Having a baby is the happiest time of your life, so it’s of the utmost importance to baby-proof your home to keep your little one safe. These strategies will help you whether you’re a first-time parent or you’re about to bring home baby number two, three, four…
Babies are naturally inquisitive, they’re learning how the world works, and often this means putting their hands in or on things they shouldn’t. Without you even realising it, your home has many dangers lurking around every corner, so steps should be made to lessen the risk well before your bundle of joy is mobile.
Baby-Proof Your Home
Start by reviewing your home for anything your little one could climb up on, fall down into, get stuck in, turn on, or put something into. Just like a toddler, learn to crawl before you walk here.
The most obvious things are outlet covers for power points, window locks, door safety knobs, drawer latches, and furniture guards that will lessen the damage and tears of a bumped head.
All of these items can be purchased at your local hardware store and are inexpensive, especially when you consider the cost of not having them in your home. But what big ticket items do you need to baby-proof your home?
A baby gate can be useful for keeping things out, such as pets, as well as keeping your toddler in. Once your baby is mobile, it only takes a second for them to end up somewhere they shouldn’t, so having gates throughout your home makes your life easier as well as safer for baby.
Look around each room, and take note of things your baby could get into, such as a fireplace in the loungeroom or walk-in-wardrobe in the bedroom. Fence these off to lessen the likelihood of hurt hands, bumped heads, or things toppling down from above.
Stairs can be a nightmare, the damage that can be done from a fall down the stairs is frightening. Make sure you have a gate at both the top AND bottom because you don’t want baby crawling up the stairs, only to tumble down again.
Baby-Proof Your Kitchen
The kitchen is probably the most dangerous room of the house for a baby, so it’s the most important room to look at when you baby-proof your home. From hot surfaces to sharp objects, it’s all shiny and interesting to a baby, but dangerous to their wellbeing.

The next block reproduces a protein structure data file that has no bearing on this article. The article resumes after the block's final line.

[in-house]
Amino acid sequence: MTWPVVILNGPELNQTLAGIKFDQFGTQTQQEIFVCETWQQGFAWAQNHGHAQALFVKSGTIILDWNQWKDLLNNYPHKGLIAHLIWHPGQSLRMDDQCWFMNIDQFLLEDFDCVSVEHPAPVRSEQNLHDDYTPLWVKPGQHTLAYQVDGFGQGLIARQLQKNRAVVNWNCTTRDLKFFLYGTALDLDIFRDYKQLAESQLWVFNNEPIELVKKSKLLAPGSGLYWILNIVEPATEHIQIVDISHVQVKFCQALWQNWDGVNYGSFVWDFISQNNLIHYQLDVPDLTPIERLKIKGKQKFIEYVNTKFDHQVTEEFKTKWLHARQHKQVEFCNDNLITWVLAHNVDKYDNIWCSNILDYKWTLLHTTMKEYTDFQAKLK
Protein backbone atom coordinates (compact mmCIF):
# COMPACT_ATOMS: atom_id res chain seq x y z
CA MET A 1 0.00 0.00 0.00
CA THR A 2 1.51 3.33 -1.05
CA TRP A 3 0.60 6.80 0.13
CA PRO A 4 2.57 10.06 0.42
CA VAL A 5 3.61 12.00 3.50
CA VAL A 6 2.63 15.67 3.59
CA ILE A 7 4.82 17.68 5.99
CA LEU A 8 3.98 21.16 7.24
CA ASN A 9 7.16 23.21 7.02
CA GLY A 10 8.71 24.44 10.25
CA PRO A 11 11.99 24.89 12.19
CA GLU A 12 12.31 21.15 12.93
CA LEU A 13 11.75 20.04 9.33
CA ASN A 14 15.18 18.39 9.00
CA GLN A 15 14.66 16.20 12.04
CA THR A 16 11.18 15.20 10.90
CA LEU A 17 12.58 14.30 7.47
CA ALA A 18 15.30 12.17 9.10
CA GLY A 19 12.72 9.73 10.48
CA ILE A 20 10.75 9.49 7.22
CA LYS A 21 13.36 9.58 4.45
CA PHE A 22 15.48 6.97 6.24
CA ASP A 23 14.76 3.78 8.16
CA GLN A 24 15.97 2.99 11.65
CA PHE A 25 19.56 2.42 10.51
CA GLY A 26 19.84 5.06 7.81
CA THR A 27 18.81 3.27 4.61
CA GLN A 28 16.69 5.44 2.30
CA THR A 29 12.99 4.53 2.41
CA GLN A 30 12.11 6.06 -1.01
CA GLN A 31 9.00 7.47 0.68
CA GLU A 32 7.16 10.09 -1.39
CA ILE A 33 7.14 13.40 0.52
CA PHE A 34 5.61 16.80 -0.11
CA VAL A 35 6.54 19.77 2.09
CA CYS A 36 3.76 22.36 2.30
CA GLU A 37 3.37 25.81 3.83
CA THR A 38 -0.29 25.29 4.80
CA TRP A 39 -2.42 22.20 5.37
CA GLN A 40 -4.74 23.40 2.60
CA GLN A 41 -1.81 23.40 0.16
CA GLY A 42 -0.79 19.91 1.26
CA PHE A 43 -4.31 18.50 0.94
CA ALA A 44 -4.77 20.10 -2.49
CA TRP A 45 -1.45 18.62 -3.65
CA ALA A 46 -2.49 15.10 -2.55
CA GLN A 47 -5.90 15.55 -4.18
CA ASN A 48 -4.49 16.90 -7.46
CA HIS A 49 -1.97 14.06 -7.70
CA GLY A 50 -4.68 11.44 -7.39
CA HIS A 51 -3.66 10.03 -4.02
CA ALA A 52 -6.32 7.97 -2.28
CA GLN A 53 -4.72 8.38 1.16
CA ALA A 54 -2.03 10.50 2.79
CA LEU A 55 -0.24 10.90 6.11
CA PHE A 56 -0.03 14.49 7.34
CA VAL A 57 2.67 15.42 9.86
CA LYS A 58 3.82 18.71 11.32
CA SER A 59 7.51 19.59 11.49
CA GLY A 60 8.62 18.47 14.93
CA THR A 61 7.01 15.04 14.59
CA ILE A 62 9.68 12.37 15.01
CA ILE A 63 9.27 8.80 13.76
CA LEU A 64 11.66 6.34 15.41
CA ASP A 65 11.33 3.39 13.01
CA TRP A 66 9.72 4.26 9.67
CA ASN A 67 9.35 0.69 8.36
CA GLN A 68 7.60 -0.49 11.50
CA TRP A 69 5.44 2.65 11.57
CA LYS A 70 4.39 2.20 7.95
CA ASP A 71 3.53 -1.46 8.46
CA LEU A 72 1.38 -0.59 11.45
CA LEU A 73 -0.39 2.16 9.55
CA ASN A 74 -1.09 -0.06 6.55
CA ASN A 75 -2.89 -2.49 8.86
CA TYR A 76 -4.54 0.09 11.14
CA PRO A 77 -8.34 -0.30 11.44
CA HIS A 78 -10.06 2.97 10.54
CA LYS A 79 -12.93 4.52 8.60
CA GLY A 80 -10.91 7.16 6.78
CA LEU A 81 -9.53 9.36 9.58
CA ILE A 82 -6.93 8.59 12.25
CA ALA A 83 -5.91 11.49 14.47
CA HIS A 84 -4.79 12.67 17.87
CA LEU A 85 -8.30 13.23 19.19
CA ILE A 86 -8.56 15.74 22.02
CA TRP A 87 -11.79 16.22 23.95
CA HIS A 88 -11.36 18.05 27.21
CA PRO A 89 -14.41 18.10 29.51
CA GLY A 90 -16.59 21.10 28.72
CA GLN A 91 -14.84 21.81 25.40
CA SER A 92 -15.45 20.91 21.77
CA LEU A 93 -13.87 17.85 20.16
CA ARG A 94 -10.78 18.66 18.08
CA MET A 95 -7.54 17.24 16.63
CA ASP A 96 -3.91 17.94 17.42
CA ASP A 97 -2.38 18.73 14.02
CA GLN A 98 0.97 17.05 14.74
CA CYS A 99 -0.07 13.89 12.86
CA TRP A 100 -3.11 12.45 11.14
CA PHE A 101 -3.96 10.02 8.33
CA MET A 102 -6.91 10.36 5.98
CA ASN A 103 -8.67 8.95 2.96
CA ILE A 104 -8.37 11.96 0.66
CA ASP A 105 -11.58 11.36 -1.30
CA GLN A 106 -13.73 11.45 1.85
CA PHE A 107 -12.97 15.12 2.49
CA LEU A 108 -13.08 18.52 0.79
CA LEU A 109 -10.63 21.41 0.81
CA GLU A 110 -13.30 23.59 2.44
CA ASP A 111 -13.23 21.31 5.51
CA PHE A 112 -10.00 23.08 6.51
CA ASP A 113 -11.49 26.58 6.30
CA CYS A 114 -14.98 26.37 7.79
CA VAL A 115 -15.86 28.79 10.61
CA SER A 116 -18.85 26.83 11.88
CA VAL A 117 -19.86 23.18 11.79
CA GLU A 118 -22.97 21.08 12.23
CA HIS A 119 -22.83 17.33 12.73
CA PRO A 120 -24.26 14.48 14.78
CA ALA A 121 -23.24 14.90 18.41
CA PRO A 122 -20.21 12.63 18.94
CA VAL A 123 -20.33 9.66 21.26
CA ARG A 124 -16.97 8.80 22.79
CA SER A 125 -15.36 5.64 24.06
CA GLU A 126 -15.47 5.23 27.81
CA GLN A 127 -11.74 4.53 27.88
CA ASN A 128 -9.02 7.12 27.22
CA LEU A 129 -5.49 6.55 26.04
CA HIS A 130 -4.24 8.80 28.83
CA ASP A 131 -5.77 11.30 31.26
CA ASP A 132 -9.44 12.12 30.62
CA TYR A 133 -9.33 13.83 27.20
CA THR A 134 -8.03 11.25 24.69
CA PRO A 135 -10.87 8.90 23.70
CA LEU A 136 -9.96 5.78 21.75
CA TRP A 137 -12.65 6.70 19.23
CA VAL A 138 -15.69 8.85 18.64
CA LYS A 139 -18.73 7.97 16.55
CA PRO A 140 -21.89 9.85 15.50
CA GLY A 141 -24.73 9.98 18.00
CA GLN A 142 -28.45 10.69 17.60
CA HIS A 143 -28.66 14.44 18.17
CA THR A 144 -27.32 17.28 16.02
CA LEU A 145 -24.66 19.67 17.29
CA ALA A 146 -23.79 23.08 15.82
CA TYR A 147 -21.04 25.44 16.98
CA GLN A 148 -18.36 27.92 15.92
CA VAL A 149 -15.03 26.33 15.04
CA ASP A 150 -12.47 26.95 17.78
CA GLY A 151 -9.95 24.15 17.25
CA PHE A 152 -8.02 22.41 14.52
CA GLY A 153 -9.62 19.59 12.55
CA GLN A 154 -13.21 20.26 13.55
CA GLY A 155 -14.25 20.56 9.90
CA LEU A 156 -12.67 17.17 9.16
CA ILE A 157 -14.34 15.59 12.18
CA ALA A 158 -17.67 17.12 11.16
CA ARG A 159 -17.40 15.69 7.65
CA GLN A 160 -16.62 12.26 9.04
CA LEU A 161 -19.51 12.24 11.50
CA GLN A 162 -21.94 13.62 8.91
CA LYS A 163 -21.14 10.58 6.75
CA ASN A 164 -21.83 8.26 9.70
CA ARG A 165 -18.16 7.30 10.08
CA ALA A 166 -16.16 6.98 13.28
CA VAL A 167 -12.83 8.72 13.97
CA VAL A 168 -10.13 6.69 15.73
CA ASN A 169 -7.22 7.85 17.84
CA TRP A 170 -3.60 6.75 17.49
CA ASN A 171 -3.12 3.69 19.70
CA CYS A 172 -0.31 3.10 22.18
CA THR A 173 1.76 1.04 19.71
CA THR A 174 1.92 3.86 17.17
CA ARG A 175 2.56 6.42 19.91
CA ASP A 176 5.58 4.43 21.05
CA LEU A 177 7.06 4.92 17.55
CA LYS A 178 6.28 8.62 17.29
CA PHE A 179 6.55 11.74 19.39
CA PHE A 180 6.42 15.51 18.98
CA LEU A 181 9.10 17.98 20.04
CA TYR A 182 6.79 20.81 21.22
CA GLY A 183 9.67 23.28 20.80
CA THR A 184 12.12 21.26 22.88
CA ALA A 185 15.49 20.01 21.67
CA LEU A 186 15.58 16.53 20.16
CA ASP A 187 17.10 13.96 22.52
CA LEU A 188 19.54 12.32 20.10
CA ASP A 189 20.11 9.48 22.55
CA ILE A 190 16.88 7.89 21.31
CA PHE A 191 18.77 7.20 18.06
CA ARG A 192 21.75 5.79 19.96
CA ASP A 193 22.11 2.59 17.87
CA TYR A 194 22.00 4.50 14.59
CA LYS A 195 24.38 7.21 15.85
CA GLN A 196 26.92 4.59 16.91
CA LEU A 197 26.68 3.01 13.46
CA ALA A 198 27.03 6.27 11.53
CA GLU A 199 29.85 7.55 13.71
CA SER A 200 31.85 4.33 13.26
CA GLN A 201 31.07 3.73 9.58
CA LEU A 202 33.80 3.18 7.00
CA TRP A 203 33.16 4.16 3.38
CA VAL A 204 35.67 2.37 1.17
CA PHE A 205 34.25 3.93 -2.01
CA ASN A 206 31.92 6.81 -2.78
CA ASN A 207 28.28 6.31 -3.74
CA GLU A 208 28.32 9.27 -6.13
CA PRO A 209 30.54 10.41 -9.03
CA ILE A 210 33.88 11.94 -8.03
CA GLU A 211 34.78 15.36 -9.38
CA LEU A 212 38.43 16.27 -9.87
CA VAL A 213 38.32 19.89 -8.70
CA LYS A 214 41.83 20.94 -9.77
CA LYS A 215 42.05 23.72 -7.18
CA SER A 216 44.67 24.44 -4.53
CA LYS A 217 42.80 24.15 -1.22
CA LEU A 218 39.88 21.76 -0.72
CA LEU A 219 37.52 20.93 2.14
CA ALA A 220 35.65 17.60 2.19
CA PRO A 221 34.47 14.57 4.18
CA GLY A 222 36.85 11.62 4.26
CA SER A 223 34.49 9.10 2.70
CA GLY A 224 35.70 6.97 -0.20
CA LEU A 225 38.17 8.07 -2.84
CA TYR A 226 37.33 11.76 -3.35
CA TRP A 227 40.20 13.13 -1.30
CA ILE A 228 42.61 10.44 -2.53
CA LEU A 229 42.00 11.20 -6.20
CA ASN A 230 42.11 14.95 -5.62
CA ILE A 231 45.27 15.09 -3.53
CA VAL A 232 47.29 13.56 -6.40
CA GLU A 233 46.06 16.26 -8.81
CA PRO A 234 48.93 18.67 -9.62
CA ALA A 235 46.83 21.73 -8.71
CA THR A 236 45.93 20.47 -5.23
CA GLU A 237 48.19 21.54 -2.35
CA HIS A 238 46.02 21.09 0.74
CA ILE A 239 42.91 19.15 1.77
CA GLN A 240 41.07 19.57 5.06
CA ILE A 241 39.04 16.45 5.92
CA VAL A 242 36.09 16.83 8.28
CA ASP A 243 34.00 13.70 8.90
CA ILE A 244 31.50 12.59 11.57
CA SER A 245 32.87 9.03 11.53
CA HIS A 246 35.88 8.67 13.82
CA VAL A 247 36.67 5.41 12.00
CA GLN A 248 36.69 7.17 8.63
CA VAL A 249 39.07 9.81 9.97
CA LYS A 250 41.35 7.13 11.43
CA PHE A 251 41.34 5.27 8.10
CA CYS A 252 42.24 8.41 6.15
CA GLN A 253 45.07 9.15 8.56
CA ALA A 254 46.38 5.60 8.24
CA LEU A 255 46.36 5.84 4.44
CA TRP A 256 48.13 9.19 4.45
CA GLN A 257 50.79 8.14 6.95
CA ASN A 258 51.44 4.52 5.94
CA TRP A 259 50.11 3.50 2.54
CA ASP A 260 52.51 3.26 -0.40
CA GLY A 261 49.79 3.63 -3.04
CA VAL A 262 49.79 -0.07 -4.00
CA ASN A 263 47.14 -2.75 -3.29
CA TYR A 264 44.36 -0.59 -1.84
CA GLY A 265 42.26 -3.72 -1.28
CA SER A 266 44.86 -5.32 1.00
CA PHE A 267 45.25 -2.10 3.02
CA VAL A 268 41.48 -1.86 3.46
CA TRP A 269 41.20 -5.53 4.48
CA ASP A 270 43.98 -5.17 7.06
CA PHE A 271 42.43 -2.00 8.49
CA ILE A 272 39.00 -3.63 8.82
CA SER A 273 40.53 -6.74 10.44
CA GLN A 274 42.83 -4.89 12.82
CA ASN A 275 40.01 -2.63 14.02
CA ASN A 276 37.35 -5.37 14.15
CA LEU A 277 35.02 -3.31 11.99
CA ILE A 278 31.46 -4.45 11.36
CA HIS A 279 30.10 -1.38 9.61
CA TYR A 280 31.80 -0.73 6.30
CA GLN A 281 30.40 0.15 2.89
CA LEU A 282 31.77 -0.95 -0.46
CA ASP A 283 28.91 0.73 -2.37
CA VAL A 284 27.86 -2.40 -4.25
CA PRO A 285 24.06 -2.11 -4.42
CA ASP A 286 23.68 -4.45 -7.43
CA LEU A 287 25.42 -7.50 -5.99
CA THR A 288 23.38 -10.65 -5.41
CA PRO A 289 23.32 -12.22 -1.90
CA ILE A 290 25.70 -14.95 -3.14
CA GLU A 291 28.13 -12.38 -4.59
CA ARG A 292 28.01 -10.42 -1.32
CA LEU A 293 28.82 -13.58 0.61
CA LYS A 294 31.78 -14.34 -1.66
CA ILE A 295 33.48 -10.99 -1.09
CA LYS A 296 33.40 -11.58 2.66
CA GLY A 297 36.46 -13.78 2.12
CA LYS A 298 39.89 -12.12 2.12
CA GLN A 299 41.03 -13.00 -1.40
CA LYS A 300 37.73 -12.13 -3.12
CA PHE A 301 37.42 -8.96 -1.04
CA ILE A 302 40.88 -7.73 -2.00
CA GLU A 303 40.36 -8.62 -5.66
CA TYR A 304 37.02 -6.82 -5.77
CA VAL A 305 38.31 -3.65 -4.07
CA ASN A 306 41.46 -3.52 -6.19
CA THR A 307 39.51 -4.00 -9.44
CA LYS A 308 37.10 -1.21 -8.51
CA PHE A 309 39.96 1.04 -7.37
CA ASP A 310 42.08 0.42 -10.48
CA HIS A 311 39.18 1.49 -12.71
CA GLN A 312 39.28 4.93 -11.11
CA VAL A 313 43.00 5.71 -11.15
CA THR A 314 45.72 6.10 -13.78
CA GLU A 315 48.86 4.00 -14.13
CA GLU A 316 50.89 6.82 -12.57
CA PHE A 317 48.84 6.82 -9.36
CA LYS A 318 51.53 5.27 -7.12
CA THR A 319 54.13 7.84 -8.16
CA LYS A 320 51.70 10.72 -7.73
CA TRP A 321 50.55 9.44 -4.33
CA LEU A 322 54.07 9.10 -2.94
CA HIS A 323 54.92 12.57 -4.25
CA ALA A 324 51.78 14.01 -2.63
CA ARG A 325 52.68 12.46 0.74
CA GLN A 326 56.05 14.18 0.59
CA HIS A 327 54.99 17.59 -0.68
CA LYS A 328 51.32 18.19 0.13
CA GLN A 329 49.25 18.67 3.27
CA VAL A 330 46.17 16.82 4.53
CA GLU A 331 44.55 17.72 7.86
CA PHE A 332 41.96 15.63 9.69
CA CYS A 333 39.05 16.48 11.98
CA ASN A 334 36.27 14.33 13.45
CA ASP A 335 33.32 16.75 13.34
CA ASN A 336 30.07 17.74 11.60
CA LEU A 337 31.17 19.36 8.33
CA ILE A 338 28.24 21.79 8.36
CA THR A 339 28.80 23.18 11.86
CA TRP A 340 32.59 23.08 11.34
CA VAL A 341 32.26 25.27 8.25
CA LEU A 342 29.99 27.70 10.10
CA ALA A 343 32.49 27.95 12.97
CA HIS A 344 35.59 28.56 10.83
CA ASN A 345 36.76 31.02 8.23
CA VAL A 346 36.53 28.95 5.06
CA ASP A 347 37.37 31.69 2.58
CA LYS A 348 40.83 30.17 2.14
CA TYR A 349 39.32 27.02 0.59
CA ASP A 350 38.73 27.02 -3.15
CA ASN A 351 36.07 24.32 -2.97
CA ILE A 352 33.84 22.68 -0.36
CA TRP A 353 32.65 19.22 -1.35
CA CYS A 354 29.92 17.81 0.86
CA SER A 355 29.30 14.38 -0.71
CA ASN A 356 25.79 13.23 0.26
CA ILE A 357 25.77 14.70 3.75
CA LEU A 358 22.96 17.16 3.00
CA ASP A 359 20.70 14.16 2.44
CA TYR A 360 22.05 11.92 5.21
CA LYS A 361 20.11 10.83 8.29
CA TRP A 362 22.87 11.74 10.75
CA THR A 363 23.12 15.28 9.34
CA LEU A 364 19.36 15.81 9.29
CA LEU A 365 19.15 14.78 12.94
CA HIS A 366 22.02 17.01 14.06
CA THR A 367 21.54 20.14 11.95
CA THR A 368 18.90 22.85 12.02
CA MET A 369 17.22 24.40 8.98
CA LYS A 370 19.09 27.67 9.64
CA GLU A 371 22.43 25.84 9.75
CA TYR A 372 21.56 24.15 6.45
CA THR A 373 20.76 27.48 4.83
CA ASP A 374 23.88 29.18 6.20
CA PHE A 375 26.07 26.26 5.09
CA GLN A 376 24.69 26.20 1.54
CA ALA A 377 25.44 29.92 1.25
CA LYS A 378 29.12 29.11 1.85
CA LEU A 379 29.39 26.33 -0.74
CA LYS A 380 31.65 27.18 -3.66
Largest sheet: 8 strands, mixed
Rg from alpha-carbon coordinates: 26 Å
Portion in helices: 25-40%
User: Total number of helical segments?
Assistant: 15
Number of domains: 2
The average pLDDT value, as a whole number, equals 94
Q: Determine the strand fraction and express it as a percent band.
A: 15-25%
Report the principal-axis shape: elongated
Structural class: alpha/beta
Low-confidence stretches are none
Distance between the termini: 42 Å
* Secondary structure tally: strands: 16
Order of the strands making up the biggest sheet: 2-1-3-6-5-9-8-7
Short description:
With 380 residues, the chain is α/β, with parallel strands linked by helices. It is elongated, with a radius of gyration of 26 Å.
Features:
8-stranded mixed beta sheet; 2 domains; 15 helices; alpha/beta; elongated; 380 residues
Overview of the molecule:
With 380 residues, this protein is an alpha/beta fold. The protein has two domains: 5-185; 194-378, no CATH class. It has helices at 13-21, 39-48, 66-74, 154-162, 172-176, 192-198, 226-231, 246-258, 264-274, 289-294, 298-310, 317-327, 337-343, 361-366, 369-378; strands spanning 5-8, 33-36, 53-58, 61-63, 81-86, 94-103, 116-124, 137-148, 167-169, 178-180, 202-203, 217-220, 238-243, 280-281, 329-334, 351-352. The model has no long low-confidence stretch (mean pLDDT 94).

As well as the above-mentioned covers and latches, it’s important to make sure your appliances are protected.
For your oven, knob covers and an oven lock are highly recommended, as they prevent your toddler from being able to turn on or climb into the oven.
Likewise, press and pull fridge locks ensure your fridge will stay shut and your child out of harm’s way.
With most kitchens being finished with tiles, floorboards, or lino, it makes for a hard landing when your toddler is learning to walk. Covering the kitchen with interlocking foam floor panels is a great way to minimise bumps and bruises.
Baby-Proof Your Bathroom
After your kitchen, the bathroom is the second most dangerous room in the house. From medications and lotions to baths and hot taps, the potential for harm is huge in the bathroom, but it doesn’t need to be.
A cabinet lock, or magnetic lock, is a must for your bathroom. Most cabinet locks are plastic and come with a key that you use to unlock the cabinet, whereas a magnetic lock just snaps shut, but takes a greater force to open than a toddler can muster.
If you have a toilet in the bathroom, then a plastic toilet lock that snaps over the lid will ensure your little one can’t open the lid and climb in.
To avoid scalding, fitting an anti-scald device to the faucet in the basin and to the shower is a must. An anti-scald device will prevent hot water from leaving the tap, reducing the chance of nasty burns. It’s also safest to have these devices installed by a plumber.
Baby Safety in the Home
When taking steps to baby-proof your home, you can do it all in one big DIY weekend, or space it out in smaller projects over time. How you do it doesn’t matter, but that you get it finished before your baby starts moving around is vital.
Costs for the above suggestions will vary, so check in with your local baby shop or visit your hardware store and speak with the experts to find the best solutions for your home.